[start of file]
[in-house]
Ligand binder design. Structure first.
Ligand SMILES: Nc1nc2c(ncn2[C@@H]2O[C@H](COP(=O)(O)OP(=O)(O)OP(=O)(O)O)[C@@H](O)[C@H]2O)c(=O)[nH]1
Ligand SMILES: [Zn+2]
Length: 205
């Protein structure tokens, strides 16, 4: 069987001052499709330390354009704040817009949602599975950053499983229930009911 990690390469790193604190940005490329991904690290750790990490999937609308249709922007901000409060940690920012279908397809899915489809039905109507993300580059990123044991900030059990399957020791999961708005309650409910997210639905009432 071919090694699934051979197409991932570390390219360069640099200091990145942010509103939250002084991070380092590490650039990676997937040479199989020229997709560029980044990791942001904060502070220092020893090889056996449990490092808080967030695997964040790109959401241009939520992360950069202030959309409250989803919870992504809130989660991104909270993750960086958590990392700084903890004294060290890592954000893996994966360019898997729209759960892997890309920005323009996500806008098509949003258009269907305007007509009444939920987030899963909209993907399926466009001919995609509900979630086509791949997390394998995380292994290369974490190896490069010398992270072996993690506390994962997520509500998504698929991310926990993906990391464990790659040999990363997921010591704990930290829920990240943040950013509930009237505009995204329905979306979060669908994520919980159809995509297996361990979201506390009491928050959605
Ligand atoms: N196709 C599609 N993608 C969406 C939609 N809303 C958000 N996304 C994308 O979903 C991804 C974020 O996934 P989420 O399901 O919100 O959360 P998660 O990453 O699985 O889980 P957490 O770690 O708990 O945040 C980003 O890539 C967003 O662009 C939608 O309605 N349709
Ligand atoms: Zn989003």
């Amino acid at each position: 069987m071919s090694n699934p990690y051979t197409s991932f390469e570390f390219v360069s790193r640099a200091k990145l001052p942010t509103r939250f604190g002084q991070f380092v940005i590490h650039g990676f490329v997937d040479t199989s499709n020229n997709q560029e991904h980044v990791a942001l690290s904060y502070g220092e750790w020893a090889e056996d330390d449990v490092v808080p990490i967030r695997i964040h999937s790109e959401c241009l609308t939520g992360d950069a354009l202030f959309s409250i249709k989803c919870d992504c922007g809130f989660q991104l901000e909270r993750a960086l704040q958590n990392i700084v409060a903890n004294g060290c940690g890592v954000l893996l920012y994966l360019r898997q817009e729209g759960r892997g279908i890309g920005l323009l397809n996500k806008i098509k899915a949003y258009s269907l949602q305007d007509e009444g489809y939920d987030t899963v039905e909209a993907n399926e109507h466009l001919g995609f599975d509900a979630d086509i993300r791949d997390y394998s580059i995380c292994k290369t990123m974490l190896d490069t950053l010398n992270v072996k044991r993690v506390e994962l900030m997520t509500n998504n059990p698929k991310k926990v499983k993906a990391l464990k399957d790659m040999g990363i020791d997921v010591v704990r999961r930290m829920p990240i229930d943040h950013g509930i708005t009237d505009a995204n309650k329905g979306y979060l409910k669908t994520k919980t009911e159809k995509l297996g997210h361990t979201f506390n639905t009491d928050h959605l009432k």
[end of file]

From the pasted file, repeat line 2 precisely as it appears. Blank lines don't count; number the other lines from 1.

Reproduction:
Ligand binder design. Structure first.